I wanted to make a couple of observations about judging and scoring latte art contests. We’ve done about half a dozen latte art contests in Arizona over the last 6 months and I’ve been involved with a bunch of them. They’re really fantastic and a great way to encourage practice.

I would encourage any barista to join in the fun, and if you’re the owner of a coffee shop you should seriously consider hosting a contest at your shop. You can invite Todd Welfelt and myself to judge, or judge the contest yourself. There’s so many ways to organize an event like this.

How we have been scoring latte art contests

We’ve been scoring based on giving a maximum of 5 points to each of these three categories:

Balance & Symmetry:

  • Dividing lines are clean, even, and show no signs of hesitation.
  • Individual elements work well with and complement each other. There is no sense of awkwardness.
  • Harmony between the size of the cup and size of the design.


  • Clarity of design
  • Design style
  • Milk texture


  • Uniqueness of ingredients
  • Personal Flair/Passion (style points)
  • Unique presentation

A perfect score for a drink is 15 points. We’ve had two judges at each event and also add up to 10 points for cleanup and preparation.

How the World Latte Art Championship scores

I found the scoring sheet and rules on the WLAC web site, and I’ll summarize what I found:

  • Two patterns and presented picture identical
  • Contrast between ingredients
  • Harmony, size and position among patterns within cups
  • Creativity of the pattern
  • Successfully achieved level of difficulty
  • Overall appealing look
  • Professional performance (Service skills, confidence, flair)
  • Hospitality skills

I really like how specific the WLAC scoring is, but I have to admit it’s best for high level competition. Also, they judge on three drinks (macchiato, latte or cappuccino, and a designer beverage). There’s no way we would score hospitality.

Some random thoughts

In the beginning we judged based on taste (in addition to other factors). The problem is that if you do that you can’t call it a latte art contest, and taste is very subjective. So we don’t do that any more and I like it this way. It gives all of the observers a chance to enjoy one of the drinks and they don’t all go to waste.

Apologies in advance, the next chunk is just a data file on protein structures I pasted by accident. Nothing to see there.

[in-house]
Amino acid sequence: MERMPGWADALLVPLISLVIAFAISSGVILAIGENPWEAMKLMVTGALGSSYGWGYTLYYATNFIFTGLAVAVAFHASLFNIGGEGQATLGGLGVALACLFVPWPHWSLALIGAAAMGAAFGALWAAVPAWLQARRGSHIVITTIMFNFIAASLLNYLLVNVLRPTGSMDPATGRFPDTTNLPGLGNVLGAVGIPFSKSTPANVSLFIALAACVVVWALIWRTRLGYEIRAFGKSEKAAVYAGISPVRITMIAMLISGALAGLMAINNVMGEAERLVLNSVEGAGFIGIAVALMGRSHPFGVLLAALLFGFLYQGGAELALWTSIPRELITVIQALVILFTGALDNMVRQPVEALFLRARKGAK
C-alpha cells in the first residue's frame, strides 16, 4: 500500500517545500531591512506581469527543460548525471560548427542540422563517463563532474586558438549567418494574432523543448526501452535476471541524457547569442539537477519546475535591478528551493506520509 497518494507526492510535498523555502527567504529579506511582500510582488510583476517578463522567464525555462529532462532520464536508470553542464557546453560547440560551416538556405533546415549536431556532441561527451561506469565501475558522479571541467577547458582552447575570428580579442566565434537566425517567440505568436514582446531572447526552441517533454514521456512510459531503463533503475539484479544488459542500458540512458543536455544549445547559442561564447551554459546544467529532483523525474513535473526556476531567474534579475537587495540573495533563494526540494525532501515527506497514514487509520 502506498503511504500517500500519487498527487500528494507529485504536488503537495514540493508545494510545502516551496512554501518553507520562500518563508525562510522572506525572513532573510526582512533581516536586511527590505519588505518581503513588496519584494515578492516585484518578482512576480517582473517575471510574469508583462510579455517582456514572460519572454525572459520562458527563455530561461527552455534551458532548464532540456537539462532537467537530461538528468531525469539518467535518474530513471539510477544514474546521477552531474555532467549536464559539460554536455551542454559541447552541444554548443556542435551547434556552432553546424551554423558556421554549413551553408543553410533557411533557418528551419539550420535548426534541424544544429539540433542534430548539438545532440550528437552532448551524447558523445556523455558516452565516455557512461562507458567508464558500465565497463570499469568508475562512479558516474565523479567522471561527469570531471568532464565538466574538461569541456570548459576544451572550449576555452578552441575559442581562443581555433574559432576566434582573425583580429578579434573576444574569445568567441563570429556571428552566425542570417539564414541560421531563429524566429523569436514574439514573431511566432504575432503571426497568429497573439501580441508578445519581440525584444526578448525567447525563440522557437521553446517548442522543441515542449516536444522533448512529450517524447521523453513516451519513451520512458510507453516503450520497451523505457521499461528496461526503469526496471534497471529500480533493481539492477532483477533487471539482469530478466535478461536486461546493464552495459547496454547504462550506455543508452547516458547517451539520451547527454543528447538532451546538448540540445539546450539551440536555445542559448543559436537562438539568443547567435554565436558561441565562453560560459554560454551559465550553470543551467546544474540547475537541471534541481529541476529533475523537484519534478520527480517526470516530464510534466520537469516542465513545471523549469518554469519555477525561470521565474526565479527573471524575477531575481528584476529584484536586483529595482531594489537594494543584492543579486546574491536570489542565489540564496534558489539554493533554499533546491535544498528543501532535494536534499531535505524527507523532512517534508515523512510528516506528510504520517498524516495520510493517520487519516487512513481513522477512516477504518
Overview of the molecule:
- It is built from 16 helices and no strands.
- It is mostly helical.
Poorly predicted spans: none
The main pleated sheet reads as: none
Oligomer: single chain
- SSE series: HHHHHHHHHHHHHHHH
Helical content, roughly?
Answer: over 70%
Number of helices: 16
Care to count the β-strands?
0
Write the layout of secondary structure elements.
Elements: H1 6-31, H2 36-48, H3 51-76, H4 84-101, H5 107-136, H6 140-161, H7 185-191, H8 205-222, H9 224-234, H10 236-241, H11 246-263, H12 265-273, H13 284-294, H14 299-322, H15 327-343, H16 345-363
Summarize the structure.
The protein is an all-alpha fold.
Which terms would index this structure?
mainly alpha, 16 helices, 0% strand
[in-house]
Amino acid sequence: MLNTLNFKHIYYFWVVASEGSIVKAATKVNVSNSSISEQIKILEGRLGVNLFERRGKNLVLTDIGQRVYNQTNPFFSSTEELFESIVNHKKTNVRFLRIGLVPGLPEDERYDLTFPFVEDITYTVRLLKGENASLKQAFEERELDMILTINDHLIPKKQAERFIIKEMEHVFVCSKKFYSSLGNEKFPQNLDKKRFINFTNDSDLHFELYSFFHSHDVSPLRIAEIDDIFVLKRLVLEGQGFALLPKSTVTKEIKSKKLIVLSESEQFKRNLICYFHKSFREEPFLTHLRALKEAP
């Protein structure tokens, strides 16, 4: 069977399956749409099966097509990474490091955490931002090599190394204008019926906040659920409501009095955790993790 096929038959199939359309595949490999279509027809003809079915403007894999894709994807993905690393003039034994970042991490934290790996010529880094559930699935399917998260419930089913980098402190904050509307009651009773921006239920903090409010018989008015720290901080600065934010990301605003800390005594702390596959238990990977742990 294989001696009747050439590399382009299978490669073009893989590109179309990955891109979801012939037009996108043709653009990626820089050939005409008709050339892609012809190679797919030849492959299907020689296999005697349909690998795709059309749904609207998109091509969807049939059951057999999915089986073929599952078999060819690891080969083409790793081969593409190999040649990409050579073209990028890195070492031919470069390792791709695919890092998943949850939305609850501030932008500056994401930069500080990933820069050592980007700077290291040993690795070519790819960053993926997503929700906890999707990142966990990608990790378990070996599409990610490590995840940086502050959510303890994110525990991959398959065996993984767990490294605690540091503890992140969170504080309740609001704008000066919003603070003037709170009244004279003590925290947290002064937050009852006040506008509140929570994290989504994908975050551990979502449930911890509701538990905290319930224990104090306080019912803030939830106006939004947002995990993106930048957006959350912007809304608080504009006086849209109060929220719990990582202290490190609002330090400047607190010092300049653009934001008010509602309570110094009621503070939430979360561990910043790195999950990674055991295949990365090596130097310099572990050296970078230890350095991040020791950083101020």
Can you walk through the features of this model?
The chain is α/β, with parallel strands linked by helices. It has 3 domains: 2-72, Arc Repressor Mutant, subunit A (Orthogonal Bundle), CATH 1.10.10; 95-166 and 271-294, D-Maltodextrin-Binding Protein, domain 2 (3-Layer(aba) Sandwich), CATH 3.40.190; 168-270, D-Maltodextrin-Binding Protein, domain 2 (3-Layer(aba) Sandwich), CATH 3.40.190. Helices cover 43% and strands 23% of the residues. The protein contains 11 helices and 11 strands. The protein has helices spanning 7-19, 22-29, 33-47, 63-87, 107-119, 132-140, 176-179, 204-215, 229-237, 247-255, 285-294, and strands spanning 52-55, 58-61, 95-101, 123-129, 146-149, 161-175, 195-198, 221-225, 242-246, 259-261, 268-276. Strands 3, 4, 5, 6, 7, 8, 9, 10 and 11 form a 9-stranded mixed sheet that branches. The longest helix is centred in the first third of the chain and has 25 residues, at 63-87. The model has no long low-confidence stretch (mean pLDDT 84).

We’ve been giving each competitor 5 minutes to make two drinks (anything they want) but during this time they must prepare and clean up their station. About 25% of competitors use more than 5 minutes. We’ve been relaxed about docking points if they’re less than 60 seconds over time. After that, we reduce their score by 5 points for each 60 seconds.

Previously, we used to have rigid rules and guidelines however we quickly realized it just complicates something that is supposed to be fun. If you’re interested, you can read the rules we posted for events in the past (#1, #2, and #3).

Scoring Sheets

If you’re interested, here are the scoring sheets we used at the June 28th Latte Art Throwdown.

At the end of the night we typically hand these out to each competing barista complete with notes from each judge.

I hope that these notes help anyone thinking about hosting a latte art competition. This is by no means the only way to hold such an event, and may be too casual for some purposes.

Special thanks to Steve Kraus at Press Coffee for hosting frequent events, and to Todd Welfelt for judging along with me and assisting with the rules and scoring sheet creation.

Arizona Coffee

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  1. So, if I free-poured a swan, in profile, I’d be docked for not having a symmetrical design? I’ve said this many times before; symmetry is overrated. I’m guessing that symmetry is only scored in a design that is intended to be symmetrical.
    And, are y’all still allowing etching? I’m one of the people that think of etching and free-pouring latte art as two very distinctive artforms. Kinda like tattooing and line art.
    Geez, I hope to make one of these soon! My niece just moved to Peoria, so that may be the excuse I need to get up there!

  2. If you free poured a swan you’d probably win. Especially if it had eyes.

    We have had some etching in the past but not last night.

  3. I’ve been thinking along those lines. I usually free-pour the swan, but eyes would be an added etched touch. I try not to touch my free-pours, though. If I do, I tend to turn the swans into dragons! In for a penny…
    My rosettas are turning out better and better, but I think they may be suffering from the efforts going into some of the other training.
    My diagnosis? Not enough coffees!
    So, that means that etched art competes right alongside free-poured art?
    Hmmmm…. Fetch me my thermometer, my needle, and my toothpicks boy, and bring me a fresh squeeze bottle of chocolate!

  4. So, that means that etched art competes right alongside free-poured art?

    Yes. In some of the earlier contests we called this the “competitors choice.” Now, we just let people make whatever they want. Although I’m going to clarify this point next time because on Sunday I don’t remember getting a single drink with etching.

  5. Just so you make it clear that etching and free-pouring share only two similarities;
    They are done in espresso cups with espresso and milk, and… nope, only that one.
    They are two separate and specific skills that really don’t have anything to do with one another other than the media used. Someone that draws real well but is a hack barista could, in theory, take your prize.